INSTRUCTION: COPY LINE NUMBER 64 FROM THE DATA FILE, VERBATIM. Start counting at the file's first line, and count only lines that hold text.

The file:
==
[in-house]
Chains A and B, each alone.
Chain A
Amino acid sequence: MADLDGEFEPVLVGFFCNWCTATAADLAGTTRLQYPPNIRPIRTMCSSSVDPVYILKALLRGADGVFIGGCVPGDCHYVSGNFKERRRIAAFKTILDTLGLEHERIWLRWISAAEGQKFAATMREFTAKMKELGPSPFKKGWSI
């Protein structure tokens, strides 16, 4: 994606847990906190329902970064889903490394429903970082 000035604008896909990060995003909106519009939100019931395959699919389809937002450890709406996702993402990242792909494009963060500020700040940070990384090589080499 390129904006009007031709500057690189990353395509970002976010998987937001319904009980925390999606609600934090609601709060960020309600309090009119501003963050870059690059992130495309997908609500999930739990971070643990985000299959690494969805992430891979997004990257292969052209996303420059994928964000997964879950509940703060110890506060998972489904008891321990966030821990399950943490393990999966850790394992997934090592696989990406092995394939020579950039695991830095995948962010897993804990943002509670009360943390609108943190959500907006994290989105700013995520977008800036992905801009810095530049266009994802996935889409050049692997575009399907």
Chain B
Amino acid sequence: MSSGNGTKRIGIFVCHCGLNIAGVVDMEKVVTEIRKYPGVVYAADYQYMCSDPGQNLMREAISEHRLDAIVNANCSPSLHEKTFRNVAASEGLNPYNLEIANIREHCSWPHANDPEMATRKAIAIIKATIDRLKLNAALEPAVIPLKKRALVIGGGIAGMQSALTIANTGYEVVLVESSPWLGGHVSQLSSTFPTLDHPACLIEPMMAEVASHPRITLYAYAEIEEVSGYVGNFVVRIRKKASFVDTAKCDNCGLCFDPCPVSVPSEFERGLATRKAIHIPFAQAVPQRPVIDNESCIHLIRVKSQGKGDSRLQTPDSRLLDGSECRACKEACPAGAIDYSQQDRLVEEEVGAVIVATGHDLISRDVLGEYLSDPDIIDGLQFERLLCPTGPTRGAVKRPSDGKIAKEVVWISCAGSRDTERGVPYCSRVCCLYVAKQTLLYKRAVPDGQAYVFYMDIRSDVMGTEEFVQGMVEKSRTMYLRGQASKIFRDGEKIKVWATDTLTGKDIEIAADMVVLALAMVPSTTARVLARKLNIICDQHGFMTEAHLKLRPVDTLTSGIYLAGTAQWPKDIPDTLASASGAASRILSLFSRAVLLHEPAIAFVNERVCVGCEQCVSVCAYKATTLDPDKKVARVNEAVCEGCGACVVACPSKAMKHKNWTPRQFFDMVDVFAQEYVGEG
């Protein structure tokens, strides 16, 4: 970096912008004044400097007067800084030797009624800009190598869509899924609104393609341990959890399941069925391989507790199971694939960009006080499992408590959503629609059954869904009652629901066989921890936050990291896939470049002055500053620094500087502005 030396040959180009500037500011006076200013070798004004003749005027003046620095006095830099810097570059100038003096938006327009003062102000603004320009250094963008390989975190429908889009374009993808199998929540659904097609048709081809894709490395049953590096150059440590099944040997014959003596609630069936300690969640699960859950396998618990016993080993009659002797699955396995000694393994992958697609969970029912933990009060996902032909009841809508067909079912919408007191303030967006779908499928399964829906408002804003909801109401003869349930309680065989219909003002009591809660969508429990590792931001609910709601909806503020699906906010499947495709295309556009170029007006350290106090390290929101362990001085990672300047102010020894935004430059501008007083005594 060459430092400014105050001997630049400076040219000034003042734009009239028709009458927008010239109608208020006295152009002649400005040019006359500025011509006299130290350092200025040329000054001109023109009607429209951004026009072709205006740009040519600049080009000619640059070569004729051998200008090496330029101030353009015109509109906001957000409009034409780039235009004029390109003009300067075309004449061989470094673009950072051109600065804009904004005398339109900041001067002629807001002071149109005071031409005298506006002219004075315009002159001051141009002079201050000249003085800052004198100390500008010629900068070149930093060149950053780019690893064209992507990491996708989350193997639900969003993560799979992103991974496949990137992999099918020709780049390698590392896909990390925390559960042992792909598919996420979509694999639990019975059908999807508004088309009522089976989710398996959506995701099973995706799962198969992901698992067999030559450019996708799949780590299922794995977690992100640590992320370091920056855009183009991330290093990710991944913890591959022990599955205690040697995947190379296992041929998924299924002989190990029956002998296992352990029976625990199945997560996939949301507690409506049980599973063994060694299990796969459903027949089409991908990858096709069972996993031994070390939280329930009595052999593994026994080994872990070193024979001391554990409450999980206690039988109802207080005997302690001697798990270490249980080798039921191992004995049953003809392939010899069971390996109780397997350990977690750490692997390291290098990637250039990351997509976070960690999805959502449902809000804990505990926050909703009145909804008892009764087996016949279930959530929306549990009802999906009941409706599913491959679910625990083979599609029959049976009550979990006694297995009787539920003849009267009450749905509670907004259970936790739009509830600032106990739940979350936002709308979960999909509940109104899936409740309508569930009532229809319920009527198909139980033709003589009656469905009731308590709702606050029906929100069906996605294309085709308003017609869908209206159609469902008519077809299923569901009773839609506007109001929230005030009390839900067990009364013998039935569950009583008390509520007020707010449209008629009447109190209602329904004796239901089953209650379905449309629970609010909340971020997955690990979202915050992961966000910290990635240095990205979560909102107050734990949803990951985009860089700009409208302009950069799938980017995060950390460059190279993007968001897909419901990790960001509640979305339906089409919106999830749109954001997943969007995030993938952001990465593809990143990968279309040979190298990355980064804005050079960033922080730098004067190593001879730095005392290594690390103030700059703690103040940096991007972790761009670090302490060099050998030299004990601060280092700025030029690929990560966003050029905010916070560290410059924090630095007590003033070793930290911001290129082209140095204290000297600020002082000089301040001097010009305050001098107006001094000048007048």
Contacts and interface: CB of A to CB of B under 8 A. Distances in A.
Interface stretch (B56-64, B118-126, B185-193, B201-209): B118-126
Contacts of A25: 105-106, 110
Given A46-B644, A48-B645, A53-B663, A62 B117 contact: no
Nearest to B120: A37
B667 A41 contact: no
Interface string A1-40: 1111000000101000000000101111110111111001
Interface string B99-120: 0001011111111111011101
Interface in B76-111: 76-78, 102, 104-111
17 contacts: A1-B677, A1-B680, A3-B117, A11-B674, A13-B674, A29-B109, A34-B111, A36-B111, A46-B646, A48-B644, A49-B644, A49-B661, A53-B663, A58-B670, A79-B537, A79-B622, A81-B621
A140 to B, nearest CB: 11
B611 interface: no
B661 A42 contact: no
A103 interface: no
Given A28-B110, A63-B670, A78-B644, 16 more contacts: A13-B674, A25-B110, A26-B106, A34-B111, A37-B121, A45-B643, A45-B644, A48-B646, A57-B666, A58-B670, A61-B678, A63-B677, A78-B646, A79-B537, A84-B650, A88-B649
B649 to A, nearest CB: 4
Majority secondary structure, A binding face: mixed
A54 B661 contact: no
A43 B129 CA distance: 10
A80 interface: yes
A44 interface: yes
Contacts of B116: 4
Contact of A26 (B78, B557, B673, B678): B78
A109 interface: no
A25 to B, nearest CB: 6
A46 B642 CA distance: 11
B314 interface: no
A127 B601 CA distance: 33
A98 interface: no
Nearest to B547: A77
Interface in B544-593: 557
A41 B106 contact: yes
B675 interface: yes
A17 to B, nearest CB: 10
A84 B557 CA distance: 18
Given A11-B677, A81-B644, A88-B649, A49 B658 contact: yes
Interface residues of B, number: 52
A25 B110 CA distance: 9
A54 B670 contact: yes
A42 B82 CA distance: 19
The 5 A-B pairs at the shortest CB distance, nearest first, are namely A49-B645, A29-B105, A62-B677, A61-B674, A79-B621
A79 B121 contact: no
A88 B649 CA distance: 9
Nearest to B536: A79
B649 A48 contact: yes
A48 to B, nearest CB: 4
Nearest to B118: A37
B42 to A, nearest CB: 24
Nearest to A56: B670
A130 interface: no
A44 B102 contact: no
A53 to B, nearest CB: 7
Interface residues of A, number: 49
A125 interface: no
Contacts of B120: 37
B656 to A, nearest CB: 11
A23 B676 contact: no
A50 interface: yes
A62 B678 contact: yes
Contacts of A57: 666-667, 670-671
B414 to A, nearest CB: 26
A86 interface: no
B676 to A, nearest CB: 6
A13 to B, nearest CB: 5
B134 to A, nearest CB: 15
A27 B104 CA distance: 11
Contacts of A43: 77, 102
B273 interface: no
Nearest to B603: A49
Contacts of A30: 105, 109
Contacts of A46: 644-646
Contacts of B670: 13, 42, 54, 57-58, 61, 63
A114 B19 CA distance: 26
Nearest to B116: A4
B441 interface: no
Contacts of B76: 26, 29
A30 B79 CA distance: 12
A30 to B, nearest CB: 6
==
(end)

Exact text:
B656 to A, nearest CB: 11